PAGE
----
The C.A.M. Report
Complementary and Alternative Medicine: Fair, Balanced, and to the Point
  • About this web log

    This blog ran from 2006 to 2016 and was intended as an objective and dispassionate source of information on the latest CAM research. Since my background is in pharmacy and allopathic medicine, I view all CAM as advancing through the development pipeline to eventually become integrated into mainstream medical practice. Some will succeed while others fail. But all are treated fairly here.

  • About the author

    John Russo, Jr., PharmD, is president of The MedCom Resource, Inc. Previously, he was senior vice president of medical communications at www.Vicus.com, a complementary and alternative medicine website.

  • Common sense considerations

    The material on this weblog is for informational purposes. It is not medical advice or counsel. Be smart, consult your health professional before using CAM.

  • Recent Posts

  • Recent Comments

    Is it possible to prevent prostate cancer with diet and supplements?

    Researchers at Fred Hutchinson Cancer Research Center, in Seattle, Washington, reviewed the evidence.

    First, the details.

    • Nutritional risk factors for prostate cancer among 9,559 participants in the Prostate Cancer Prevention Trial were reviewed.
    • The presence of cancer was determined by prostate biopsy, which was recommended because of an elevated prostate-specific antigen level or an abnormal digital rectal examination.
    • The biopsy was offered to all men at the end of the study.
    • Nutrient intake was assessed using a food frequency questionnaire and a structured supplement-use questionnaire.

    And, the results.

    • Cancer was detected in 1,703 men.
    • No nutrients or supplements were associated with prostate cancer risk.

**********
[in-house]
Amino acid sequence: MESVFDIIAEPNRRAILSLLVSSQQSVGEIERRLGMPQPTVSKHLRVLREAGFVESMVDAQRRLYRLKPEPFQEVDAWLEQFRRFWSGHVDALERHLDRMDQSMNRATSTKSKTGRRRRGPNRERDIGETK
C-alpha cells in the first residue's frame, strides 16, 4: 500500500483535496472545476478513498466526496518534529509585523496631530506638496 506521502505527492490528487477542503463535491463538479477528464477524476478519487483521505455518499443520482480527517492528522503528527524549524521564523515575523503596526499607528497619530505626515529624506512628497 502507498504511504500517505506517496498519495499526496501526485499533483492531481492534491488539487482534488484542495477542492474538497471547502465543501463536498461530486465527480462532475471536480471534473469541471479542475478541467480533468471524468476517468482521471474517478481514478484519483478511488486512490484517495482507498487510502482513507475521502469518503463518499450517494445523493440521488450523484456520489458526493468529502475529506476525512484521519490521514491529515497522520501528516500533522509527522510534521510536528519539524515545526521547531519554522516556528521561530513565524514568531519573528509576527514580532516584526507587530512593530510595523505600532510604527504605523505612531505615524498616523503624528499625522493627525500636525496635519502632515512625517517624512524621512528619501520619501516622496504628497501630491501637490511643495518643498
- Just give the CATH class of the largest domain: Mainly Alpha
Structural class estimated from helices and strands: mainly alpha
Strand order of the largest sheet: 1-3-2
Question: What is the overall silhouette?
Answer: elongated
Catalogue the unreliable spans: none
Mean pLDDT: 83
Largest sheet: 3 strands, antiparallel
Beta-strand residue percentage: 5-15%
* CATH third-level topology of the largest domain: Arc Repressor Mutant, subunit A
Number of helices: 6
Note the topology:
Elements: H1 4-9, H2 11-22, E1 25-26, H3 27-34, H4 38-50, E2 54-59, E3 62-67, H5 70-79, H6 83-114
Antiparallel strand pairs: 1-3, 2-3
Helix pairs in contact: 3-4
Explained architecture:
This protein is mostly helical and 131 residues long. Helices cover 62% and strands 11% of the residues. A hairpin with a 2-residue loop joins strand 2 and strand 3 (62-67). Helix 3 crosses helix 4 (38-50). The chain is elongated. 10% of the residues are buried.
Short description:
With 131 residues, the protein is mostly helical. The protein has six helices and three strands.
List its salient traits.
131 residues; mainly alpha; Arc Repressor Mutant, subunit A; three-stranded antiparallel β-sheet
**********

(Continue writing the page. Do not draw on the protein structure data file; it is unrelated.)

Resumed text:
• Risk of high-grade (aggressive) cancer was associated with high intake of polyunsaturated fats.
    • Intake of more dietary calcium was associated with a greater chance of low-grade (less aggressive) cancer vs high-grade cancer.
    • Intake of lycopene, long-chain omega-3 fatty acids, vitamin D, vitamin E, and selenium, were not associated with the risk of cancer.
    • High intake of omega-6 fatty acids may increase prostate cancer risk because of their effects on inflammation and oxidative stress.

    The bottom line?

    There seem to be 2 take-away points from this review.

    First, there’s no evidence that dietary or supplemental intake of nutrients often proposed to prevent prostate cancer, including lycopene, omega-3 fatty acids, vitamin D, vitamin E, and selenium, was associated with risk of low- or high-grade cancer.

    Second, polyunsaturated fat was associated with increased risk of high-grade prostate cancer. This suggests that more research into inflammation and other metabolic processes affected by these fats may be important in understanding prostate cancer etiology.

    9/24/10 21:35 JR

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